So it’s kind of like your sanctuary?
Yes, yes. And it’s not only the band, but the crew and everybody that works with us. It’s a very, very friendly organization, and it’s taken us nearly three-and-a-half years to put this together, and we’ve had to work at it from scratch. And in all that time, we’ve had to formulate our own record label, put together an album, make enough money to tour, and pay everybody’s wages. So it’s a serious piece of hard work, and that’s something that benefits because the music is so pure and genuine and honest.
It doesn’t seem like there are any false notes on the album.
There shouldn’t be, because we mean what we do.
Why did the Sex Pistols last only a year or two?
Because there was too much contempt and hatred allowed to go on. We never sorted ourselves out, and we let the management lead us all astray. Which is a shame, because that put an end to things. But in many ways it was right that it ended, because it’s led me into PiL. Everything happens for a reason in life, and though it’s sad at the moment, you have to learn that there is a future to everything, and a purpose.
Did you feel at the time that the Sex Pistols were doing something influential and groundbreaking?
No, I was oblivious to all that. I just write according to my sense of decency. If I feel a problem in the world needs to be addressed, I will address it. I mean, I will always stand up and argue for the disenfranchised, because, you know, I’m still one of them [laughs].
How different was your approach to PiL after the Sex Pistols crashed and burned?
I didn’t want any more show-biz shenanigans and bad managerial decisions to affect what would to my mind be a perfectly equal union of friends. Of course, problems went on, because the people I incorporated into PiL in the early days got very, very jealous very quickly. It’s taken me a long time to find the exact right amount of people and personalities. And that’s how it should be — if you get everything sold in the first minute, that’s not the correct answer. Life is a very long journey, and it takes time to lead it well, and there will be many pitfalls and errors along the way. But that doesn’t stop any one of those errors from becoming potential material for a new song. And for me, songs are cleansing experiences — that’s where you address your own heart and soul, and correct your own mistakes, and then you share that pain you’ve been through with other people, and hopefully, they learn from that process. And in return, they share their pain and thoughts with you, and that perfectly explains the Public Image audience. It’s a very, very warm, close room, a Public Image gig.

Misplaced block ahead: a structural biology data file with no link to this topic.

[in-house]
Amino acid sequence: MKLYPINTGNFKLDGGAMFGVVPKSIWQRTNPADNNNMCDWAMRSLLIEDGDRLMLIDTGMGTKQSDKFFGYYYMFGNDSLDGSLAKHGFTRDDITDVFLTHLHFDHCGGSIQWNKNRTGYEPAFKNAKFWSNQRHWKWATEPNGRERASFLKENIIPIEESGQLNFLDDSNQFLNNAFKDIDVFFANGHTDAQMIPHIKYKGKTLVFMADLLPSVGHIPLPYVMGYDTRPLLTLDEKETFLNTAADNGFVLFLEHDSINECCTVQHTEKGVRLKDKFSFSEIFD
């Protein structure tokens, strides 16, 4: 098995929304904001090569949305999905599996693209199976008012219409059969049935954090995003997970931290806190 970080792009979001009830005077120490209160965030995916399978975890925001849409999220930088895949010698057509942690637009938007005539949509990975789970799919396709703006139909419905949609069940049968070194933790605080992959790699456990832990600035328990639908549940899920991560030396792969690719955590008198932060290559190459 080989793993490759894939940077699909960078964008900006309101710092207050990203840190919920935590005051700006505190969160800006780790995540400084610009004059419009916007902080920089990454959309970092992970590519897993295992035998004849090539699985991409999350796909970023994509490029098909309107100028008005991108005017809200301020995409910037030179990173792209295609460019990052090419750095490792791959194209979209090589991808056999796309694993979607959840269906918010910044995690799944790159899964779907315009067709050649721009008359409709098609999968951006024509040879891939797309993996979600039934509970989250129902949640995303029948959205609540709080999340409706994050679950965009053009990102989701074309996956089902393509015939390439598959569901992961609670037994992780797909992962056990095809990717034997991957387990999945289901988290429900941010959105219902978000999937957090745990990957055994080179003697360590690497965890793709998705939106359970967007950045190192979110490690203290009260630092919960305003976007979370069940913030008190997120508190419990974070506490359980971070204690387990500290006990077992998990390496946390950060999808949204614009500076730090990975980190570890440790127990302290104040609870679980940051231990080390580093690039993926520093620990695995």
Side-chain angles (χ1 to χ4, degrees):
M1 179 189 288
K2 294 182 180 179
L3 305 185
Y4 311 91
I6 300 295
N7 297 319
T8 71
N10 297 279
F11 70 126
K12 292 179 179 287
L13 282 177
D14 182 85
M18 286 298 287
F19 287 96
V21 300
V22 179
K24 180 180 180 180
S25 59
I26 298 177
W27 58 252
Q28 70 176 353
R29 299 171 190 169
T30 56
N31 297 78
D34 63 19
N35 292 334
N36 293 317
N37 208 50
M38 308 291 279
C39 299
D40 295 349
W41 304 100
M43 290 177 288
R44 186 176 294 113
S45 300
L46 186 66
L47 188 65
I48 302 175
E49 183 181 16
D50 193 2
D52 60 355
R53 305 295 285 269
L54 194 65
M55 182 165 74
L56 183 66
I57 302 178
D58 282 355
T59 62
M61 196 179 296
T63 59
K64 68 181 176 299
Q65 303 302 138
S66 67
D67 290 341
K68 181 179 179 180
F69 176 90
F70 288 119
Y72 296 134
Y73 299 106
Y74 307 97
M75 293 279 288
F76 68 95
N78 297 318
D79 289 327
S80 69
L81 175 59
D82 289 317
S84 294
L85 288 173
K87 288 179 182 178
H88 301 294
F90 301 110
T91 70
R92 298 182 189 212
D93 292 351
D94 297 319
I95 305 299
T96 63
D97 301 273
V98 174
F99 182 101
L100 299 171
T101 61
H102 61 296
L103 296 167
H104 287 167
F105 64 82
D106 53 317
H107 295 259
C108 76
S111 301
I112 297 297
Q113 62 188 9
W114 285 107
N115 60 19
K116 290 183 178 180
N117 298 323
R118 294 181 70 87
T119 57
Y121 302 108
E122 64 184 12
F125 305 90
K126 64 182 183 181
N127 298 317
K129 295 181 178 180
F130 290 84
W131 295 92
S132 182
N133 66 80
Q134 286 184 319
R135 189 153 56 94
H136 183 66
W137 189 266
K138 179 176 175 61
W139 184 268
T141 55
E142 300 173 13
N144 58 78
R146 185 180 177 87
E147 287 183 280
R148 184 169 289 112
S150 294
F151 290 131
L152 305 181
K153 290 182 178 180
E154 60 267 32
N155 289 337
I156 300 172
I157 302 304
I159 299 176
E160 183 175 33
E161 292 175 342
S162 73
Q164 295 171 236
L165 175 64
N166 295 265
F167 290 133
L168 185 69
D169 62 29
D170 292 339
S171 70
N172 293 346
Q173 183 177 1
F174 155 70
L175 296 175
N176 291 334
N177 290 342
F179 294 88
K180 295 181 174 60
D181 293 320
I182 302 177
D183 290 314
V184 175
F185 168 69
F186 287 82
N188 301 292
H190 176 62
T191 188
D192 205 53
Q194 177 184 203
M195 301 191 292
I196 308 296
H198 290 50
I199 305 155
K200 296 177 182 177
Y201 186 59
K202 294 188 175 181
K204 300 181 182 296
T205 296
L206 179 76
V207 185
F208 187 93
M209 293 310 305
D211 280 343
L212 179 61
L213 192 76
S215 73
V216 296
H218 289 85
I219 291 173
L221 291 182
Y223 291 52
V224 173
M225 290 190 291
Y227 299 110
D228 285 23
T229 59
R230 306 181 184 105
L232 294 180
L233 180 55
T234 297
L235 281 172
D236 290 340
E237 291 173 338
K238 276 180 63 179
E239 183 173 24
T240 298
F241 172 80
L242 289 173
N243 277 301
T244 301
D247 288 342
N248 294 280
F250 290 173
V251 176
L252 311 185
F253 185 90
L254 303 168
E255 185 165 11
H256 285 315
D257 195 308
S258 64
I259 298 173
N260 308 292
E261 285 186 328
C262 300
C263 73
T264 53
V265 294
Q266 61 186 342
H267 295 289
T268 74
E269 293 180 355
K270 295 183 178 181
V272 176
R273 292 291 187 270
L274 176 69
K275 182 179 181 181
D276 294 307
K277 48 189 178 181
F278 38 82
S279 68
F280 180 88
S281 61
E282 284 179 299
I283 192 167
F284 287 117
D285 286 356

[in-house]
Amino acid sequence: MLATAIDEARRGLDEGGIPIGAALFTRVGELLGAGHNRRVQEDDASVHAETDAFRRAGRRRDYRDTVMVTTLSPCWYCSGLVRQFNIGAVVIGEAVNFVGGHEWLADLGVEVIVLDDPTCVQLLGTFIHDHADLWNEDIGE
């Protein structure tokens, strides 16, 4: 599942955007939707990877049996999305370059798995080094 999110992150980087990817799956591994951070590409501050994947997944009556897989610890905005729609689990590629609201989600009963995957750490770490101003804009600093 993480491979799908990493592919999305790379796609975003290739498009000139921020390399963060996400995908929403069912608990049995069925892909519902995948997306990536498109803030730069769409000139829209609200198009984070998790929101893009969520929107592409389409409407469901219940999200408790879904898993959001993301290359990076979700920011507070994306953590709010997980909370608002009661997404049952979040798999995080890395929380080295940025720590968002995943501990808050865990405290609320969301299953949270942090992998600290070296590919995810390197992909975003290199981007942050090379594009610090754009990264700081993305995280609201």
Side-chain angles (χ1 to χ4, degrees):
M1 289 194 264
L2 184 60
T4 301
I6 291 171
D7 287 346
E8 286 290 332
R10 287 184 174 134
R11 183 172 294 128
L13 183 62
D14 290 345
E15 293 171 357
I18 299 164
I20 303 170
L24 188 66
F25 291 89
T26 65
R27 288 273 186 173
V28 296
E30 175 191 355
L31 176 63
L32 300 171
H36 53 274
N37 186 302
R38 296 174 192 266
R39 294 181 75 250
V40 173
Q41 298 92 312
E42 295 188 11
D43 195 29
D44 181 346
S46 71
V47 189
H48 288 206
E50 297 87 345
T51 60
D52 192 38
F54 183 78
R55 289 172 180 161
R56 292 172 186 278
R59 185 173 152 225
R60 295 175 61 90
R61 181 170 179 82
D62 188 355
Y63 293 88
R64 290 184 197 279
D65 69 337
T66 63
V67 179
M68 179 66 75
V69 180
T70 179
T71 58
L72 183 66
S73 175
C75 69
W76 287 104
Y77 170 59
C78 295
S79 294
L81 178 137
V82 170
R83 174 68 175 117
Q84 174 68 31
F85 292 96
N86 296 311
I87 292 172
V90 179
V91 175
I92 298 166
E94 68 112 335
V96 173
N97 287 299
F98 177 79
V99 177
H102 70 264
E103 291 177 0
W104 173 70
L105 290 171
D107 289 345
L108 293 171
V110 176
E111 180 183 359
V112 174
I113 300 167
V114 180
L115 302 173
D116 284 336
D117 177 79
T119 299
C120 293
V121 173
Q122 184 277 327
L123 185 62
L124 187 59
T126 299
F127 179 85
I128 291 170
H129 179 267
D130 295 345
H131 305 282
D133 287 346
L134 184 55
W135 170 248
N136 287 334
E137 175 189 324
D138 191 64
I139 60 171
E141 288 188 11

How did you choose the name Johnny Rotten?
I didn’t. It was a nickname given to me because I had very bad teeth. And some time in the last two decades I got very seriously ill and I contracted a very serious bone disease in my jaw, and I had to have reconstructive surgery and had to deal with many health issues. Which all went back to early childhood sinus infections. It’s something really of a bit of luck that I can sing at all after all that. And I had to learn how to use a toothbrush! I should actually be a walking campaigner for dental hygiene — I’m a classic example of how wrong it can go [laughs]. The illnesses and sicknesses — I was polluting my body with just rotten teeth. And yes, it earned me a nickname, but it brought a lot of physical pain.
Is it true you gave Sid Vicious his nickname?
Oh yes, after my pet hamster. It had two front buck teeth, and I took the name Sid Vicious from the Syd Barrett character — he used to be one of Pink Floyd. He was jokingly called Syd Vicious at one point, so I passed the name along to a little wack-toothed hamster, which actually bit Sid’s fingernail, and so Sid earned the name Sid Vicious in return. The reality of these things is so much better than what all those idiot journalists put out — you know what I mean? [Laughs].
There’s a movement to have you knighted. How do you feel about that?
What!? My advice is, you ring ’em up and tell ’em they’ve just joined my death-wish list. I’ll get Charles Bronson onto them in the morning.
You refused to attend the induction into the Rock and Roll Hall of Fame. Why?
The music industry’s done me no favors. It’s done no band I’ve ever been in any favors for as long as I can ever remember. In fact, they’ve done nothing but cause me financial troubles and debt and ruin. So why on Earth would I accept anything from that like? And on top of it, they expect me to pay to get there. Excuse me, no.